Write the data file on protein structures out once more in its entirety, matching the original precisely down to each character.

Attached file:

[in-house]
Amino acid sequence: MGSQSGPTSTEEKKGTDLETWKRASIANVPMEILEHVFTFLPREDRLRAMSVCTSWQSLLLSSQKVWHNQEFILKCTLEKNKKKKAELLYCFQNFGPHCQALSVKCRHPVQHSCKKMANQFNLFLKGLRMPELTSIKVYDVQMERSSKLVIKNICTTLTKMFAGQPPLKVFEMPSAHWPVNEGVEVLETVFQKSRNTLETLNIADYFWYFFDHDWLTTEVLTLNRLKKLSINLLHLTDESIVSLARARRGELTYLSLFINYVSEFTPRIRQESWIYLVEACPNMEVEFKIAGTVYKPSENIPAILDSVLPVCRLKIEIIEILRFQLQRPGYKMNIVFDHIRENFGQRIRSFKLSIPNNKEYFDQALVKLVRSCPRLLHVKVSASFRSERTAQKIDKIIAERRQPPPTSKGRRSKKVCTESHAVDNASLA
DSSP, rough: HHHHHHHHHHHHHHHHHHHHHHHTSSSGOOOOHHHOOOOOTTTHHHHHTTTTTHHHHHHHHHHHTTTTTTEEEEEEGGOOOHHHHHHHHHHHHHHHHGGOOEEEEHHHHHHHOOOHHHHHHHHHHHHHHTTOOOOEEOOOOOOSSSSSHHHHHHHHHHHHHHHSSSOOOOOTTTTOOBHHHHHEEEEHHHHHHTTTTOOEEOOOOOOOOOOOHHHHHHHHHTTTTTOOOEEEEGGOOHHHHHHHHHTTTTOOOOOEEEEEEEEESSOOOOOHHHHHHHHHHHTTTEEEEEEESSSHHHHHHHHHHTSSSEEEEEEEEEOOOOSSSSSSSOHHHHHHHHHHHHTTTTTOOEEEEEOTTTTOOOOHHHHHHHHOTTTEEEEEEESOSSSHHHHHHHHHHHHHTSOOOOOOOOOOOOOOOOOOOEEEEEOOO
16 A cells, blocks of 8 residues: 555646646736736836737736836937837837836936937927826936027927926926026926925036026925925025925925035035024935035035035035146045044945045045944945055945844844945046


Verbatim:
[in-house]
Amino acid sequence: MGSQSGPTSTEEKKGTDLETWKRASIANVPMEILEHVFTFLPREDRLRAMSVCTSWQSLLLSSQKVWHNQEFILKCTLEKNKKKKAELLYCFQNFGPHCQALSVKCRHPVQHSCKKMANQFNLFLKGLRMPELTSIKVYDVQMERSSKLVIKNICTTLTKMFAGQPPLKVFEMPSAHWPVNEGVEVLETVFQKSRNTLETLNIADYFWYFFDHDWLTTEVLTLNRLKKLSINLLHLTDESIVSLARARRGELTYLSLFINYVSEFTPRIRQESWIYLVEACPNMEVEFKIAGTVYKPSENIPAILDSVLPVCRLKIEIIEILRFQLQRPGYKMNIVFDHIRENFGQRIRSFKLSIPNNKEYFDQALVKLVRSCPRLLHVKVSASFRSERTAQKIDKIIAERRQPPPTSKGRRSKKVCTESHAVDNASLA
DSSP, rough: HHHHHHHHHHHHHHHHHHHHHHHTSSSGOOOOHHHOOOOOTTTHHHHHTTTTTHHHHHHHHHHHTTTTTTEEEEEEGGOOOHHHHHHHHHHHHHHHHGGOOEEEEHHHHHHHOOOHHHHHHHHHHHHHHTTOOOOEEOOOOOOSSSSSHHHHHHHHHHHHHHHSSSOOOOOTTTTOOBHHHHHEEEEHHHHHHTTTTOOEEOOOOOOOOOOOHHHHHHHHHTTTTTOOOEEEEGGOOHHHHHHHHHTTTTOOOOOEEEEEEEEESSOOOOOHHHHHHHHHHHTTTEEEEEEESSSHHHHHHHHHHTSSSEEEEEEEEEOOOOSSSSSSSOHHHHHHHHHHHHTTTTTOOEEEEEOTTTTOOOOHHHHHHHHOTTTEEEEEEESOSSSHHHHHHHHHHHHHTSOOOOOOOOOOOOOOOOOOOEEEEEOOO
16 A cells, blocks of 8 residues: 555646646736736836737736836937837837836936937927826936027927926926026926925036026925925025925925035035024935035035035035146045044945045045944945055945844844945046